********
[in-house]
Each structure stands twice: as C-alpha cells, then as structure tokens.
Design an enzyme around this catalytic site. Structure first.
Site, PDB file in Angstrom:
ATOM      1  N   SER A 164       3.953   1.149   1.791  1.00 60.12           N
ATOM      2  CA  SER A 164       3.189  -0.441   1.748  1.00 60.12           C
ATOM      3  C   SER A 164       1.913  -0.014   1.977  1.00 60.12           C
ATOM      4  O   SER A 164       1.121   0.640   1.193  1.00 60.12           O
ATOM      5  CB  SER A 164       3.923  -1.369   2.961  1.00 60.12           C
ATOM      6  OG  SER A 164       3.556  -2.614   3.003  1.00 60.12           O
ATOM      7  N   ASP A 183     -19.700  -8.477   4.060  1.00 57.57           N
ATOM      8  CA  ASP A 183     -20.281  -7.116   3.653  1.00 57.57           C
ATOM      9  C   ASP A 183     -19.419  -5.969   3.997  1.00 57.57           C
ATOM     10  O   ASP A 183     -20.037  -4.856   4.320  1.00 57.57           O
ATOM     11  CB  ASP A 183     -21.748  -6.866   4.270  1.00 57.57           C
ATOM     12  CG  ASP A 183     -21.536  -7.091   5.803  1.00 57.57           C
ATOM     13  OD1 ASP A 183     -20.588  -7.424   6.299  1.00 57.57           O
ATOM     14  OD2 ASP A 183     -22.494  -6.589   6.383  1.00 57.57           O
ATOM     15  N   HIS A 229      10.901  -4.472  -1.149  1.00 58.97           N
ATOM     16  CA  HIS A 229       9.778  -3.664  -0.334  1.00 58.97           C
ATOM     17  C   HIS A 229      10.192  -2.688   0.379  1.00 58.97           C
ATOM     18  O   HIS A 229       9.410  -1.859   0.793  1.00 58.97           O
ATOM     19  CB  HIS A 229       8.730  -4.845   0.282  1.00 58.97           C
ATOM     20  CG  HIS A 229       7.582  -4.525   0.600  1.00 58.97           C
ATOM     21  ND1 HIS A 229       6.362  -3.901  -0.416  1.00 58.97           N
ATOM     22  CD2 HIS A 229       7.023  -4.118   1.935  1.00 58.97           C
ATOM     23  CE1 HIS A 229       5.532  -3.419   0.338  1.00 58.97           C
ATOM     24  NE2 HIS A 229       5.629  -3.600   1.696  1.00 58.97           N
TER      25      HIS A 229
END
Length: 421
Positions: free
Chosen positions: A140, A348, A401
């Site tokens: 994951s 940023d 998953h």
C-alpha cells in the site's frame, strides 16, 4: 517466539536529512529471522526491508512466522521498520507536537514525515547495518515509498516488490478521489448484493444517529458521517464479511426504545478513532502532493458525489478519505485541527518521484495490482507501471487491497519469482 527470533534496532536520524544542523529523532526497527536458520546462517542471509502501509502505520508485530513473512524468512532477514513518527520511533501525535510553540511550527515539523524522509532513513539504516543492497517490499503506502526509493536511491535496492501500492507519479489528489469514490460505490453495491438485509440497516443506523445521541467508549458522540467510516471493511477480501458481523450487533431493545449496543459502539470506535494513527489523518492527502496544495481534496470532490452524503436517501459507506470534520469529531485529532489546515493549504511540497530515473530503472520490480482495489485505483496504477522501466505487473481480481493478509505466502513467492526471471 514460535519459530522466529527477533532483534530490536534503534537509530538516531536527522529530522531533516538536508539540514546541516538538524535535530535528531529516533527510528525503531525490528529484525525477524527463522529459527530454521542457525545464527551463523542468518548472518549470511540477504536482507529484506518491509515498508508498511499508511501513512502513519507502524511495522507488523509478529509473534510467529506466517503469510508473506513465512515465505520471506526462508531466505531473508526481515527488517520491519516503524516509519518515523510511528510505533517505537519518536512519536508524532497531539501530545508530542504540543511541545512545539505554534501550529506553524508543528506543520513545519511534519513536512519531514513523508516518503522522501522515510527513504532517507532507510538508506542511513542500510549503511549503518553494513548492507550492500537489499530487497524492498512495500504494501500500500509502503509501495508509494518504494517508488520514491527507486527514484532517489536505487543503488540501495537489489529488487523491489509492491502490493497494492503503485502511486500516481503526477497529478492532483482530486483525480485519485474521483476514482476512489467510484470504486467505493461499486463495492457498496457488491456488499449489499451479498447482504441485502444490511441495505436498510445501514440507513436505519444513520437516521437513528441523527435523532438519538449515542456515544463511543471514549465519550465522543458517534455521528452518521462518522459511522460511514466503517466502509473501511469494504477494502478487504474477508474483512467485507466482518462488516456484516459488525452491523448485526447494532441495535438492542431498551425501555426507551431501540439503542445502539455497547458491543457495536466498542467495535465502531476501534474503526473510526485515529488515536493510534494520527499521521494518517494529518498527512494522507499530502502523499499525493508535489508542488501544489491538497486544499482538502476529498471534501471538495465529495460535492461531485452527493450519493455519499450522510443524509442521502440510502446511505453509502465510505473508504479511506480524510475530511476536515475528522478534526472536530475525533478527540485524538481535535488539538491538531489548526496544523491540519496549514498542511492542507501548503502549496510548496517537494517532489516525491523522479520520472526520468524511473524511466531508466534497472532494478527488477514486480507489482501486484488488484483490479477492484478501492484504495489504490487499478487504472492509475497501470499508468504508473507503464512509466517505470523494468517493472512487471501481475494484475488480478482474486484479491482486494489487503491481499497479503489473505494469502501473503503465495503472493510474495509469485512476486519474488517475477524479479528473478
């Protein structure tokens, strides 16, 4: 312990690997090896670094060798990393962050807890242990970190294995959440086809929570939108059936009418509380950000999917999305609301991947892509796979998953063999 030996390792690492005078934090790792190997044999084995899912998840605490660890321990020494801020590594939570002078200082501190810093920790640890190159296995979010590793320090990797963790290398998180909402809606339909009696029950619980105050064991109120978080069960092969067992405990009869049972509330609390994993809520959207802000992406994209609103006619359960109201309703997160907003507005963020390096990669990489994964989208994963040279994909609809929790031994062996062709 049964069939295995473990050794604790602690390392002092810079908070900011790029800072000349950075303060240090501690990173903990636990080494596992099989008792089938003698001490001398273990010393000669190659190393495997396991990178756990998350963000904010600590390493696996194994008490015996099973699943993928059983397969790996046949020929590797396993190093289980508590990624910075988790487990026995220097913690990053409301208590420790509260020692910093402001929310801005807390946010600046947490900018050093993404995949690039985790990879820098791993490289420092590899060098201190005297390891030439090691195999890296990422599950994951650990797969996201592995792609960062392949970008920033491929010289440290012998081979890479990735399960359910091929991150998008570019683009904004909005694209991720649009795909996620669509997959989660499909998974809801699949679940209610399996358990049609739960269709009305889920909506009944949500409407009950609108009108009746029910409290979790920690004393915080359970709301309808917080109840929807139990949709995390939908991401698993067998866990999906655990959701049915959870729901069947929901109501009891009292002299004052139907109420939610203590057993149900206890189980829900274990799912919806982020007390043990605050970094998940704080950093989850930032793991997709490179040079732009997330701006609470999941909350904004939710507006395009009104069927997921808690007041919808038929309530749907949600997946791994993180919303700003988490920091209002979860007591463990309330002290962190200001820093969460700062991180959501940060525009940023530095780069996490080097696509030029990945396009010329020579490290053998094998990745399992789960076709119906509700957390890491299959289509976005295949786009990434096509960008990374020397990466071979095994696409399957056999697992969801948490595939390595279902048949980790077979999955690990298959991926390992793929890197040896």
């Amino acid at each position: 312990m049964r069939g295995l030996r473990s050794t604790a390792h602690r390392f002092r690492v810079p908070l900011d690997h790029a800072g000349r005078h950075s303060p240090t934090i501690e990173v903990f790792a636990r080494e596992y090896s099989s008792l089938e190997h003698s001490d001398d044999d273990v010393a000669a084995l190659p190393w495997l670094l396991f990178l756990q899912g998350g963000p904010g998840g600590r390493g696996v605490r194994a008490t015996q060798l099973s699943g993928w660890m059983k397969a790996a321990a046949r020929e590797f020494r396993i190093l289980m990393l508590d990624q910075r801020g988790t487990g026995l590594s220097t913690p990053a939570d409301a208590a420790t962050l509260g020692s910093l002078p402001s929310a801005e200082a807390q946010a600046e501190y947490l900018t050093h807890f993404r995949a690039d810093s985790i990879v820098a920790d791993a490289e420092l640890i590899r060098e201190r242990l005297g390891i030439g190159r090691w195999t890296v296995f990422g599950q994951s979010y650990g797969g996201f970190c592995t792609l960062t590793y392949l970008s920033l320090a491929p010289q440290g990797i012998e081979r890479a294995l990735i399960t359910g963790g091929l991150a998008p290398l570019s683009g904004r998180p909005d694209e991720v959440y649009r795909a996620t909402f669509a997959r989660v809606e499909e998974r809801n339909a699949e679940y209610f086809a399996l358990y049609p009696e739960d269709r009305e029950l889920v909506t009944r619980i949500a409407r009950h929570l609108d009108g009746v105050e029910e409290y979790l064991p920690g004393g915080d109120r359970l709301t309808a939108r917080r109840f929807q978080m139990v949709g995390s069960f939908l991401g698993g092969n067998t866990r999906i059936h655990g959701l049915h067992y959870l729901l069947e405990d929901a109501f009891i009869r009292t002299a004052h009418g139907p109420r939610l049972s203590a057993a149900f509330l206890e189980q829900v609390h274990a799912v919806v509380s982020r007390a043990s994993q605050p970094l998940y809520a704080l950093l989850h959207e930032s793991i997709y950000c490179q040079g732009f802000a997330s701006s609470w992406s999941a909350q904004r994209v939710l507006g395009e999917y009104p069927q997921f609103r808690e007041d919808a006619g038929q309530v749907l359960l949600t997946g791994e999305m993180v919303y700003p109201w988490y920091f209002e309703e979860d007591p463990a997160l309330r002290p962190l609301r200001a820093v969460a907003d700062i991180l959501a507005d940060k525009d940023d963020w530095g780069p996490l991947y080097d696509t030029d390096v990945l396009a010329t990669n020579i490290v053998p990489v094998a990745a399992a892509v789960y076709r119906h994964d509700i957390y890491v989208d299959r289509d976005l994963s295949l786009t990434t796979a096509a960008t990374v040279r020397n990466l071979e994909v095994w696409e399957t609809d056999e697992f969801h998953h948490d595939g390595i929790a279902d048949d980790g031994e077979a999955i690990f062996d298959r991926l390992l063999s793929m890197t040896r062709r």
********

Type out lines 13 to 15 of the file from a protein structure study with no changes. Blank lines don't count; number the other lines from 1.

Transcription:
ATOM      9  C   ASP A 183     -19.419  -5.969   3.997  1.00 57.57           C
ATOM     10  O   ASP A 183     -20.037  -4.856   4.320  1.00 57.57           O
ATOM     11  CB  ASP A 183     -21.748  -6.866   4.270  1.00 57.57           C